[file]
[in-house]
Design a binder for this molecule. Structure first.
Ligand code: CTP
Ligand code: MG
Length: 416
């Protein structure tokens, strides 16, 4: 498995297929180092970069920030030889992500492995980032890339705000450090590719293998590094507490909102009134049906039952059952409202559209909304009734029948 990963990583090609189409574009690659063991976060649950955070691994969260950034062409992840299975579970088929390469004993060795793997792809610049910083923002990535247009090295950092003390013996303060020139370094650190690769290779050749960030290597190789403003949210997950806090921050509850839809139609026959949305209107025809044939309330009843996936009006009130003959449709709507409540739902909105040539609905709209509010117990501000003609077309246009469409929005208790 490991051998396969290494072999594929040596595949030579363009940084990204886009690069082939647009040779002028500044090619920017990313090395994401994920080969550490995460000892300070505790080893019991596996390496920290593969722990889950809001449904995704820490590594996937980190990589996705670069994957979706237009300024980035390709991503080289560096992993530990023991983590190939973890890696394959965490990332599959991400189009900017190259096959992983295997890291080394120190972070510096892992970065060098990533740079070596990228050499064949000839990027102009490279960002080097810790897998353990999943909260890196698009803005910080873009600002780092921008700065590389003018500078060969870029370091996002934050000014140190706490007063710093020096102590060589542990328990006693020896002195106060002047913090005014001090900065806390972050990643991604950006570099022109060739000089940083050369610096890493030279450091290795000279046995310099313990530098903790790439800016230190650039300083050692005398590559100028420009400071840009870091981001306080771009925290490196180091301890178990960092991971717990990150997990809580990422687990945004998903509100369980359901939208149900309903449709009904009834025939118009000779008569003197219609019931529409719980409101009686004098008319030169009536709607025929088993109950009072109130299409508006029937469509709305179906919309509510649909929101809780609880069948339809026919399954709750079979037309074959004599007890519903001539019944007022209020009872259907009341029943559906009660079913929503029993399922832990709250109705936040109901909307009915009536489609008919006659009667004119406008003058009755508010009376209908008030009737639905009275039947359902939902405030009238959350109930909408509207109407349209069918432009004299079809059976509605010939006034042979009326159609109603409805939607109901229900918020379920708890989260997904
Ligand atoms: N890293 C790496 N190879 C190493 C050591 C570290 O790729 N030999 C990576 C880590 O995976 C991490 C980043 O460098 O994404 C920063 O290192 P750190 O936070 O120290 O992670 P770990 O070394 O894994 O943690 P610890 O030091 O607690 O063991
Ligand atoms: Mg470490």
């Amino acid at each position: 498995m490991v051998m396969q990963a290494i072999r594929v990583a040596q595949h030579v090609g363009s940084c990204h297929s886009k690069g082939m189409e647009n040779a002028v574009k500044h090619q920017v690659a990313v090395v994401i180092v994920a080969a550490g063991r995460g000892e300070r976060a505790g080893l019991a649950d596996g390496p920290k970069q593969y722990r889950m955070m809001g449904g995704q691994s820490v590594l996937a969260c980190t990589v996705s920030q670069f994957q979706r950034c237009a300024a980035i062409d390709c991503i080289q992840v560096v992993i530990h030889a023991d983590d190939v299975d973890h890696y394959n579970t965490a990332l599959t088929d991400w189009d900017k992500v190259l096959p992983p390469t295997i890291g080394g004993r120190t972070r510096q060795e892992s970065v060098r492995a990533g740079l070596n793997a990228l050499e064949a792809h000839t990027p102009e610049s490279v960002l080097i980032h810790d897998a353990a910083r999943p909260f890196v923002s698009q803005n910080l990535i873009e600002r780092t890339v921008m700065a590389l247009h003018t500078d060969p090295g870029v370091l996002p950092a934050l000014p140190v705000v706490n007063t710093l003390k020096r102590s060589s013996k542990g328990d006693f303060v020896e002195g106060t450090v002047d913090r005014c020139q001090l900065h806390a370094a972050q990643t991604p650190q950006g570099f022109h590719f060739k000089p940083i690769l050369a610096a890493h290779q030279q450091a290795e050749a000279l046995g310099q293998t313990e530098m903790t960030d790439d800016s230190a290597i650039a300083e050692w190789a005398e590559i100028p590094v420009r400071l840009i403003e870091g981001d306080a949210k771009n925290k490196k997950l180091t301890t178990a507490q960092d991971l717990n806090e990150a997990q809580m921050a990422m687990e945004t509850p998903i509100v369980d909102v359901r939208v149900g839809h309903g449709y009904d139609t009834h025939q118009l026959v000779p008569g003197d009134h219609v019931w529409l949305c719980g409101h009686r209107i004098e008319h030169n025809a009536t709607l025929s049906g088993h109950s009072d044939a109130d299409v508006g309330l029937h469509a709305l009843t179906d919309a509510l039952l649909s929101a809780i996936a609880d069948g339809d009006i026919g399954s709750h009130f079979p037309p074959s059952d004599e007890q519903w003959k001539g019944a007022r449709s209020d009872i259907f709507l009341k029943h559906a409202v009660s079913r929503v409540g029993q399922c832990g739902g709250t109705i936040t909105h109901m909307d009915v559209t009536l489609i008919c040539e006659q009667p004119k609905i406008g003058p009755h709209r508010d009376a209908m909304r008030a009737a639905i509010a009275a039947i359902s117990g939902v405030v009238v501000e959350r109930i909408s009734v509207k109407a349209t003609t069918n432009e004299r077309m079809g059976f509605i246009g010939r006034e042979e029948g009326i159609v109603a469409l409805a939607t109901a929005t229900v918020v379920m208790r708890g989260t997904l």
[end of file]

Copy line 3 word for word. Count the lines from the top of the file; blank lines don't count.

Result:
Ligand code: CTP